There’s been a recent trend towards delegates seeking out conferences that are smaller and have shorter agendas. But surely this is bad news for event organisers? You want to pack in as many attendees as possible to ensure ROI, right? Surely the bigger the event the more impact it has?
Delegates’ behaviour is pointing to this not being the case. We’ve seen an increase in attendees who want to attend events that are more human and personalised and this is why opting to organise a one day conference can be extremely beneficial.
The word conference can sometimes have negative connotations. ‘Mega’ conferences designed to host 15,000 and last a week can be impersonal affairs and end up being long days wandering around huge hangers in the middle of nowhere. Delegates are more and more selective about the events they attend. They want to ensure that they’re not wasting time and money and are looking for experiences that are both enjoyable and worthwhile.
Still not convinced? Here are some reasons why opting for a one day conference is a great idea:
A shorter event is easier to commit to. Time is a precious commodity. As a workforce, we’re increasingly asked to do more with less. We’re constantly bombarded with emails and 24-hour communication methods and in turn, have grown more accustomed to longer working hours – on some occasions working late nights and weekends. Shorter conferences have great appeal as they distract less from other commitments. Delegates won’t have the added task of finding accommodation (often for a large group). They also have greater regional appeal as team members are able to pop in and out in a day without having to cut into two or more working days.
Organising a shorter and more punchy event is much more appealing to a time-starved employee. Why stretch content over two or three days for the sake of it when it can be delivered in one? During a one day event, you can really focus on topics without diluting the key messages. Productivity guru and businessman Alan Lakein was on to this well before what I call The 2008 Career Chaos Economy and the onslaught of technology.”Time = Life, Therefore, waste your time and waste your life, or master your time and master your life.” A simple but helpful piece of advice.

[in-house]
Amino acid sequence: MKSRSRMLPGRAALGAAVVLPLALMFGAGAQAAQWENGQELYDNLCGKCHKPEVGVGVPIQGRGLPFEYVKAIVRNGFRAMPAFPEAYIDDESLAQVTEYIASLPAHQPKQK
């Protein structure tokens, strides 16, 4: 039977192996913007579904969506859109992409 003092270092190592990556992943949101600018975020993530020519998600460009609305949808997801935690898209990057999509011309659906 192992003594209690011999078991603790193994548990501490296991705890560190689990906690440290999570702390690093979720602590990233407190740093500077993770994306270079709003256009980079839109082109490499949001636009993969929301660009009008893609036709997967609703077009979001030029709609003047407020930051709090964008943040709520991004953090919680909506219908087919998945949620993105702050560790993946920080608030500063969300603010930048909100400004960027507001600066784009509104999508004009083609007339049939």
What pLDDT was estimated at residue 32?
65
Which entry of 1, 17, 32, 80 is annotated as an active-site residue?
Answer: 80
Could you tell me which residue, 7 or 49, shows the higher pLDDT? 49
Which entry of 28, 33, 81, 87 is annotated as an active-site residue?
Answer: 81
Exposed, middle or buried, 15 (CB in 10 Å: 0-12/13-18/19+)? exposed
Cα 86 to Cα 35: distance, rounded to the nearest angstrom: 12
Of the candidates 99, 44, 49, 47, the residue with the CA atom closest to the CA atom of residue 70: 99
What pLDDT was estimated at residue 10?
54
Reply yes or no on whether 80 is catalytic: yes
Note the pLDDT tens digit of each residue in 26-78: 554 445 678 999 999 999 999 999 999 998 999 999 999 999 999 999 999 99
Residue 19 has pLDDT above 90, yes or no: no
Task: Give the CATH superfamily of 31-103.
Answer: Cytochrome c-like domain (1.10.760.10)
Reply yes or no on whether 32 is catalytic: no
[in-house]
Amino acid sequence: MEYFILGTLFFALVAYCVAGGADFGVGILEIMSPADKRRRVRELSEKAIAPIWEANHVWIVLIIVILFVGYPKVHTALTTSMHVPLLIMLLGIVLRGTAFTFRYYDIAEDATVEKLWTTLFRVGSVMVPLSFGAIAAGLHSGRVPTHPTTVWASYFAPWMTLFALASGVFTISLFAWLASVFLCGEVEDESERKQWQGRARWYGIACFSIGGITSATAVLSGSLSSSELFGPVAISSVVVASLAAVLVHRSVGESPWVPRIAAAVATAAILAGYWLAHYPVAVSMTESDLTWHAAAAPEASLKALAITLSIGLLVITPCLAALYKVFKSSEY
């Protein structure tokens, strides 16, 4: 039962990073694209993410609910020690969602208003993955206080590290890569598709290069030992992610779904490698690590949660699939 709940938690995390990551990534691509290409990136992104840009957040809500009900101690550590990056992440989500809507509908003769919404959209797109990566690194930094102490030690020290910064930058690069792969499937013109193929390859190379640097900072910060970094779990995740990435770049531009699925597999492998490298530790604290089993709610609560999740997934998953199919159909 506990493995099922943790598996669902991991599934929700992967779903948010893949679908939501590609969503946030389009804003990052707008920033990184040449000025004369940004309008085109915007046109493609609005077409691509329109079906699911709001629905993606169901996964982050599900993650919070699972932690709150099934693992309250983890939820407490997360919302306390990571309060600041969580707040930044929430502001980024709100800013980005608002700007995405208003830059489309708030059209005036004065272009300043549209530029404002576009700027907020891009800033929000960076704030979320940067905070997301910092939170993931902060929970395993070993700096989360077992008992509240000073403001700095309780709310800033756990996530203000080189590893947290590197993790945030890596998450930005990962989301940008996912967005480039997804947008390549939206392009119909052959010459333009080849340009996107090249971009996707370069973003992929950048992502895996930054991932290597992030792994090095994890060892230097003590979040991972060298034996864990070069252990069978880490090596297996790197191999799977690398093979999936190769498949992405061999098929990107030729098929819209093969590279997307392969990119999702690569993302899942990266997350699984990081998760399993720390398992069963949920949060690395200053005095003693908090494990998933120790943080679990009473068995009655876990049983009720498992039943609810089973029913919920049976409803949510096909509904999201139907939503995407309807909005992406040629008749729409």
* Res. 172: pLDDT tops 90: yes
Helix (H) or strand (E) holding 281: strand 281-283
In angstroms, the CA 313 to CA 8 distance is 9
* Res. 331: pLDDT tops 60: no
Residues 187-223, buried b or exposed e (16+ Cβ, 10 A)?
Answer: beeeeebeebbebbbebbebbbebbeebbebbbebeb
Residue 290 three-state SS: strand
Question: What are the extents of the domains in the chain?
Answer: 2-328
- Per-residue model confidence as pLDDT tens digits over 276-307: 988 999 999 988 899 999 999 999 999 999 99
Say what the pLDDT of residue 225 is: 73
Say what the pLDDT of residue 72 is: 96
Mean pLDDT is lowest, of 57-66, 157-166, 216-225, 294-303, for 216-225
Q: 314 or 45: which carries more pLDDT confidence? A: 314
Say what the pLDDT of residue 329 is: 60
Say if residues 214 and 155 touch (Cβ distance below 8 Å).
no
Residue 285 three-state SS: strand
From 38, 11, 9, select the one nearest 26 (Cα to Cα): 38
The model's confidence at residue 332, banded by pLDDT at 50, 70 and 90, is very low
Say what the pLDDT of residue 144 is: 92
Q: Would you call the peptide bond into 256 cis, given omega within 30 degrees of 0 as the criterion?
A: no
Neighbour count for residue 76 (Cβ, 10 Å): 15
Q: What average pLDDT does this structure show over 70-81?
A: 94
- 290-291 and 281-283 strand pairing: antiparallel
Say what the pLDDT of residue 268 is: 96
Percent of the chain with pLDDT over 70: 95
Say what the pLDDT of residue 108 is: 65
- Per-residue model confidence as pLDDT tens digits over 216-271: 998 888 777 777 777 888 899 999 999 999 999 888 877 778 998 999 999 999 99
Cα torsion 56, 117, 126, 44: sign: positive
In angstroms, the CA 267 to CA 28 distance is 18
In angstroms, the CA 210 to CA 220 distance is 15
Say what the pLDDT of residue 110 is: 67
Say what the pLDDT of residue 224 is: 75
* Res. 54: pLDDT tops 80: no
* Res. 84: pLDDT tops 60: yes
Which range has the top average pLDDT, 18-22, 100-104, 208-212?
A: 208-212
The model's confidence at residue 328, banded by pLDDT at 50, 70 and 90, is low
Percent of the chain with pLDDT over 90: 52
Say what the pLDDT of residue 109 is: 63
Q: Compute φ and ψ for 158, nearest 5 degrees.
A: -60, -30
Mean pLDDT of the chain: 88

A one day conference is more likely to sweep up those last-minute and undecided attendees. If people are leaving their options open and waiting for last-minute travels a shorter event is easier to commit to at short notice without too much disruption to existing plans. Essentially, your conference will be easier to take a punt on.
And of course, a shorter conference is friendlier on your budget, as employees are out of the office for less time. As with time, we’re increasingly being tasked with having to do more with less budget and any savings to get the same outcome are invaluable to potential attendees.
According to The Independent, the average British person has an average attention span of just 14 minutes. Their poll also found that when in a meeting, workers were unable to focus on what was being said for longer than 13 minutes before they zoned out.